What the UAW strike means for auto lenders

UAW Strike
United Auto Workers members picketed outside the Stellantis NV Toledo Assembly Complex in Toledo, Ohio, on Monday. The strike could add to new-car inventory shortages that had begun to ease, and spark knock-on effects for auto lenders.

Emily Elconin/Bloomberg

A prolonged strike at three of the country’s largest vehicle manufacturers could lead to more inventory shortfalls for auto companies and lenders, industry experts warned as the strike entered its first full week.

The idling of 12,700 workers at three U.S. assembly plants, coupled with the United Auto Workers’ pledge to expand the strike if there is little progress in negotiations, could reduce the number of new vehicles on the market. Lower car production would put upward pressure on new-car prices, further weakening affordability and putting a portion of banks’ auto lending revenue into question.

“If there aren’t workers available to produce those vehicles, supply is going to go down,” said Jill Louden, associate director of product management at S&P Global. “Ultimately, it’s not a good thing for lenders or consumers.”

The length of the strike will determine its ultimate impact on lenders that finance auto loans. A prolonged strike “is looking highly probable,” S&P analysts said in a Monday note. When General Motors employees went on strike in 2019, the standoff lasted six weeks.

The strike adds an extra wrinkle to an auto market in which consumers are already facing higher sale prices and steeper annual percentage rates for both new and used vehicles. Auto lenders are raising minimum credit scores and otherwise upping lending requirements as they monitor consumers’ financial health and the trajectory of the U.S. economy.

About 30% of consumers said they expect to be somewhat or much worse off a year from now, according to the New York Federal Reserve’s survey of consumer expectations for August. That was up from 26% in July. In October, tens of millions of Americans will be required to resume payments on federal student loans, further stretching household budgets.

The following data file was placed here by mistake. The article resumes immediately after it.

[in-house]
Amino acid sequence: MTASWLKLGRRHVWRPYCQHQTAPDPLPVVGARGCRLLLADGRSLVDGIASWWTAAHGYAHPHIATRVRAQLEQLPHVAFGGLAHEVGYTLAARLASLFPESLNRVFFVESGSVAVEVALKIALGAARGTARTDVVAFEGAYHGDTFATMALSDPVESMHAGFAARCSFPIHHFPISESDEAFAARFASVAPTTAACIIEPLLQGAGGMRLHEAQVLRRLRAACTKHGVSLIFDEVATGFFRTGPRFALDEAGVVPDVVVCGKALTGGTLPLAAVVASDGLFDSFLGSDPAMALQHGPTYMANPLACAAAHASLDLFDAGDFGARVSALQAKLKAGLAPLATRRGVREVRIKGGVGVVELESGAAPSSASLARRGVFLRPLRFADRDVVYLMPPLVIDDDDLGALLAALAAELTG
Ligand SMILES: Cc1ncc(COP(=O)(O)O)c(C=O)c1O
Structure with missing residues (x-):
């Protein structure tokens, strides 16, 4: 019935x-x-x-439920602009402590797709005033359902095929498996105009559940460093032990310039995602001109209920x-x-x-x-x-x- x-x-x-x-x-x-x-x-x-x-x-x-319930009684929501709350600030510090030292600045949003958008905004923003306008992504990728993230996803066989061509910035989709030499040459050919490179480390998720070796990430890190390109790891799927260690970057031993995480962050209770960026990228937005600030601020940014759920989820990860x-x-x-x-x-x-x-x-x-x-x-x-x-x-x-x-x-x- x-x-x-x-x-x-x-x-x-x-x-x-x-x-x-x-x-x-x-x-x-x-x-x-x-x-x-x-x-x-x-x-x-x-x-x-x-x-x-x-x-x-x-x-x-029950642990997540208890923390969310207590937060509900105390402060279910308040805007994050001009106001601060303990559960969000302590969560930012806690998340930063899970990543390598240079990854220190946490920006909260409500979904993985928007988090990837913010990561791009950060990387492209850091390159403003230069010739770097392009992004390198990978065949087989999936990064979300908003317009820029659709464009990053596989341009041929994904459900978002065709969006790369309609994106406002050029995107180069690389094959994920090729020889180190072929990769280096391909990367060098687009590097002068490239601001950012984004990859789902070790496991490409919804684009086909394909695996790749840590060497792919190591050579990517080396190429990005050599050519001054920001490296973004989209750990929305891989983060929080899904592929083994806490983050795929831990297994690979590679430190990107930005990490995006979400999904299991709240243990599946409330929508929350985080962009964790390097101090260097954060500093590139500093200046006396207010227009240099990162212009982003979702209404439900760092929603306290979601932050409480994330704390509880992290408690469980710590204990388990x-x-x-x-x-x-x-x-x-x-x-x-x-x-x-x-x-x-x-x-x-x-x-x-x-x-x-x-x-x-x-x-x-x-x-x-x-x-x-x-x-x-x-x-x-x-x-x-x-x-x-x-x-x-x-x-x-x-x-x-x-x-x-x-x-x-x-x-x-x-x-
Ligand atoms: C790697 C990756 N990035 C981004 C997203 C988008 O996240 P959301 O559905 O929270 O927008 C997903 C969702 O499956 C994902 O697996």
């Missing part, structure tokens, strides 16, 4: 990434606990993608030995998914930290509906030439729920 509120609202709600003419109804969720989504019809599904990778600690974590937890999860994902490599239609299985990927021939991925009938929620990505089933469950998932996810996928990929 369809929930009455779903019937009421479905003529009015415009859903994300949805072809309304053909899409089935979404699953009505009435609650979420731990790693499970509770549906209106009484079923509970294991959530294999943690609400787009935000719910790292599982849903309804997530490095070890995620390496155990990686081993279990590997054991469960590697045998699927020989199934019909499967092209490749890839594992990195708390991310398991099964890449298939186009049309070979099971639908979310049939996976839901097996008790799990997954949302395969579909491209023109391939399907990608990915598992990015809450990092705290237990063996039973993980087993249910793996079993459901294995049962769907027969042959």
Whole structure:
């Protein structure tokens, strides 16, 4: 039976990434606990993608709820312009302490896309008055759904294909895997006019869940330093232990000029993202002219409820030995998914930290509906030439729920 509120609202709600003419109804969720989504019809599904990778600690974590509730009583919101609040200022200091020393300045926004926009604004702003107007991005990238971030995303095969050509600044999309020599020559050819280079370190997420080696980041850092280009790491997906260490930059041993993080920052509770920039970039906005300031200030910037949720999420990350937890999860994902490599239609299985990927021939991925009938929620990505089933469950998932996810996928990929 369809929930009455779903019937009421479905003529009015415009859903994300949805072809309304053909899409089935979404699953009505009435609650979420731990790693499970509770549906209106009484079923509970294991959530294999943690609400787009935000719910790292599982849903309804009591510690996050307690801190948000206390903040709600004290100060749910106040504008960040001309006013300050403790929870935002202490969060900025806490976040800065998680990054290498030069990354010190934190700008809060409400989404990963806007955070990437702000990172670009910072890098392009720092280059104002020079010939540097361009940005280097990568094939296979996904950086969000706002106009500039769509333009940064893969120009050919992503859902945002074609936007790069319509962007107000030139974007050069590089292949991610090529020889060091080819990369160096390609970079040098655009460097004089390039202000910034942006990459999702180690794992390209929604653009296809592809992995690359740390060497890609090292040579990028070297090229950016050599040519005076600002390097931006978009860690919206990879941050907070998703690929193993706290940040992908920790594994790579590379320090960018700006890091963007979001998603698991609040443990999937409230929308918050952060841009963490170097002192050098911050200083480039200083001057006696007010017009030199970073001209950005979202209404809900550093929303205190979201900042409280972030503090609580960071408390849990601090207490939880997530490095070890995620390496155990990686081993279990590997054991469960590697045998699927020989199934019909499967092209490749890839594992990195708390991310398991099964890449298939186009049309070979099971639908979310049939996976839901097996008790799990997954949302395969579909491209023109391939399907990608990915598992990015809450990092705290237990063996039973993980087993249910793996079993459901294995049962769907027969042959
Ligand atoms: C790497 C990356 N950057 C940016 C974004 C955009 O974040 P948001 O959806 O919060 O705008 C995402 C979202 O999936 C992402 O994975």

“It’s a risky endeavor for lenders right now because you have so many other pressures on consumers, not just their auto loan,” said Ivan Drury, director of insights at Edmunds. “There are mortgage payments or rent, and now student loans are coming back.”

The auto workers’ strike comes at a time when U.S. banks had started to report improvements in the supply-chain bottlenecks that previously limited the production of new cars.

“Auto loans are coming back strictly because supply has caught up,” Dean Athanasia, Bank of America’s president of regional banking, said at an industry conference last week.

Loans and leases in the Charlotte, North Carolina-based bank’s vehicle lending segment totaled $55 billion in the second quarter, up from $51 billion a year ago. Bank of America is among the banks with the most annual auto loan originations.

The lack of new vehicles available during the COVID-19 pandemic boosted demand for new cars, which led to higher prices. That required borrowers to take out bigger used-car loans, a boon for the lenders that finance those purchases.

At some lenders, the pandemic-era rise in used-car sales prices helped to offset the relative dearth of new-car loans.

But auto dealers and lenders are no longer enjoying the benefits of record used-car prices. The Manheim Index, which tracks the value of used vehicles, declined notably for four consecutive months before showing a slight increase in August.

In recent weeks, banks that offer auto loans have provided contrasting outlooks on the segment.

Earlier in 2023, Capital One Financial slowed originations of new auto loans because of lingering supply-chain issues and intense rate competition with other lenders, Chief Financial Officer Andrew Young said last week. But both of those challenges have started to fade in recent months, improving the McLean, Virginia-based company’s forecast for its auto lending arm.

But several other lenders have curtailed their indirect auto lending this year, including Fifth Third Bancorp and Citizens Financial Group. Bank of Montreal said Friday that it would close its indirect auto lending business to better focus its resources in areas where it has stronger competitive positioning.

Wells Fargo, another top auto lender, said last week that it had stepped back a bit from the auto business over the past several quarters. The bank’s chief financial officer, Michael Santomassimo, cited a potentially challenging economic environment and shrinking profit margins as reasons for the pullback.

Banks across the industry have been forced to pay depositors more as rates rise, making it more expensive for banks to fund a variety of consumer loans, analysts said.

“Funding pressures are definitely having an impact on how banks are thinking about extending credit,” said Megan Fox, an analyst at Moody’s Investor Service who covers U.S. banks and consumer lenders.

Rising interest rates are also making cars more expensive. Last month, the average APR on a new car loan was 7.4%, and the average amount of interest paid was $9,228, according to data from Edmunds. In August 2022, when the average APR was 5.7%, the average interest paid on a new vehicle was $7,413. Rates and interest paid on used-car loans have shown a similar trend.

High APRs make it easy for consumers’ payments to snowball out of control quickly, Drury said.

“Many people don’t even want to find out how much they’re paying over time. They just look at the monthly payment and say, ‘I can somehow manage this.’ It’s like ignorance is bliss,” he said.

Polo Rocha contributed to this story.

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